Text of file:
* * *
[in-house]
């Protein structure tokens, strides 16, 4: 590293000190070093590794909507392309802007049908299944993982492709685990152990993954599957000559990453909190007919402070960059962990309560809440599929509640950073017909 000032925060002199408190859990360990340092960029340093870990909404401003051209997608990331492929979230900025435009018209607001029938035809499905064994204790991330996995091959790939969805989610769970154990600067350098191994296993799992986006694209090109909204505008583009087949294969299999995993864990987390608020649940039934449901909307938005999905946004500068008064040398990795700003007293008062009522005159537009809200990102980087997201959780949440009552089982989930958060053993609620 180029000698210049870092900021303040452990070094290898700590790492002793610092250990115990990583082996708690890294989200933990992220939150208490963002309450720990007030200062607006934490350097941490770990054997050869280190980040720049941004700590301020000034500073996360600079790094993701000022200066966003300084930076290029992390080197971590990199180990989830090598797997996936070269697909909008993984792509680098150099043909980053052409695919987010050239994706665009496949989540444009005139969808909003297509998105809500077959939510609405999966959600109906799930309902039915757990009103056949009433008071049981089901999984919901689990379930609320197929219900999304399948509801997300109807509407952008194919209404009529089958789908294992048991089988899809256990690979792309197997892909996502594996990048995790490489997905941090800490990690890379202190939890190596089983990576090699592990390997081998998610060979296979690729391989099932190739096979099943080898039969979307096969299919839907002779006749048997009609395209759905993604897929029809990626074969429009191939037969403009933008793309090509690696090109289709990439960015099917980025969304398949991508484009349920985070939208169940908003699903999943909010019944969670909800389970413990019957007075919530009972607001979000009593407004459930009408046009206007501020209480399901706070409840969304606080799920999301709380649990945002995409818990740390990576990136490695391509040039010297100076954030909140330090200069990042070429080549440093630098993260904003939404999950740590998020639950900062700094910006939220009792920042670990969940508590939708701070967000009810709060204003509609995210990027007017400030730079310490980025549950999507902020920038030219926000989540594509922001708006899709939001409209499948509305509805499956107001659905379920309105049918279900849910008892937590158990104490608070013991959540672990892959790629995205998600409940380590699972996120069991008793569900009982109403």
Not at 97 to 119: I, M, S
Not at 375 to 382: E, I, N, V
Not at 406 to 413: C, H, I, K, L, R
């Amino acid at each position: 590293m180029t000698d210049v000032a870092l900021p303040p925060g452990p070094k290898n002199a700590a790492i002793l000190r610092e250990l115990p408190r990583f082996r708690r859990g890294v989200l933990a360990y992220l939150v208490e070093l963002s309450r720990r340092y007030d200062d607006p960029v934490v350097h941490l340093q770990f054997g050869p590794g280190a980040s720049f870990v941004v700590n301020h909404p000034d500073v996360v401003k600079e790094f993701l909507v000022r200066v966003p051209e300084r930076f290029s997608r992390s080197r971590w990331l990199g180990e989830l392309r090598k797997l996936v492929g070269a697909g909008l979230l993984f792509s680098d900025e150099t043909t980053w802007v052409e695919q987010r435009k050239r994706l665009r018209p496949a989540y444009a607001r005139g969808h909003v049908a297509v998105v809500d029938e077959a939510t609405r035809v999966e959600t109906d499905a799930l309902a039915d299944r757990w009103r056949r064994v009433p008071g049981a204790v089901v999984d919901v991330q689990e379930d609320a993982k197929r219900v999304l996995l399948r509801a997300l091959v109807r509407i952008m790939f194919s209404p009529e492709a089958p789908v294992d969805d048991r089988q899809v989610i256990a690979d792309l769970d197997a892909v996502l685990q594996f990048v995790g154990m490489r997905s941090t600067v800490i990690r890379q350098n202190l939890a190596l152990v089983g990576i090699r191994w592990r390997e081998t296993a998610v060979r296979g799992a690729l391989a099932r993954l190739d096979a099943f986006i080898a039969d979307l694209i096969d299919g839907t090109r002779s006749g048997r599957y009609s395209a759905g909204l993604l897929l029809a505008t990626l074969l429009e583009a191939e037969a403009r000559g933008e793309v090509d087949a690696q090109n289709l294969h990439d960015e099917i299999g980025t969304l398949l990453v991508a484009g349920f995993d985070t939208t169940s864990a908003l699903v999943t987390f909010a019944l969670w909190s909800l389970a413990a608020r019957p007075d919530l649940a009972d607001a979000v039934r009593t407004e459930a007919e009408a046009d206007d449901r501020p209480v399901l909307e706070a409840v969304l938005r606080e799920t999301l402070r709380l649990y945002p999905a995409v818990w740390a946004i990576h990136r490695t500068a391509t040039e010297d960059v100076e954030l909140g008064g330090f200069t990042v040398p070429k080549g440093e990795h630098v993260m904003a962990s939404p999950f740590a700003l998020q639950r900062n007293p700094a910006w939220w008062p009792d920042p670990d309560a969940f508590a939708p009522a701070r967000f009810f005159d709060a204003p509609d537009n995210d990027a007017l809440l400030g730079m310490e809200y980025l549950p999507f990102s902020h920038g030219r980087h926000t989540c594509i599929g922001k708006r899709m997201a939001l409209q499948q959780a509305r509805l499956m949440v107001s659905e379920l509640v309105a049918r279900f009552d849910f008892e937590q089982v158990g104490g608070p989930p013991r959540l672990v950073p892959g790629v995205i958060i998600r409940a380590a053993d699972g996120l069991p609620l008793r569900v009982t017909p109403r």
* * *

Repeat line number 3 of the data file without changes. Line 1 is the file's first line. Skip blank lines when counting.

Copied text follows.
Not at 97 to 119: I, M, S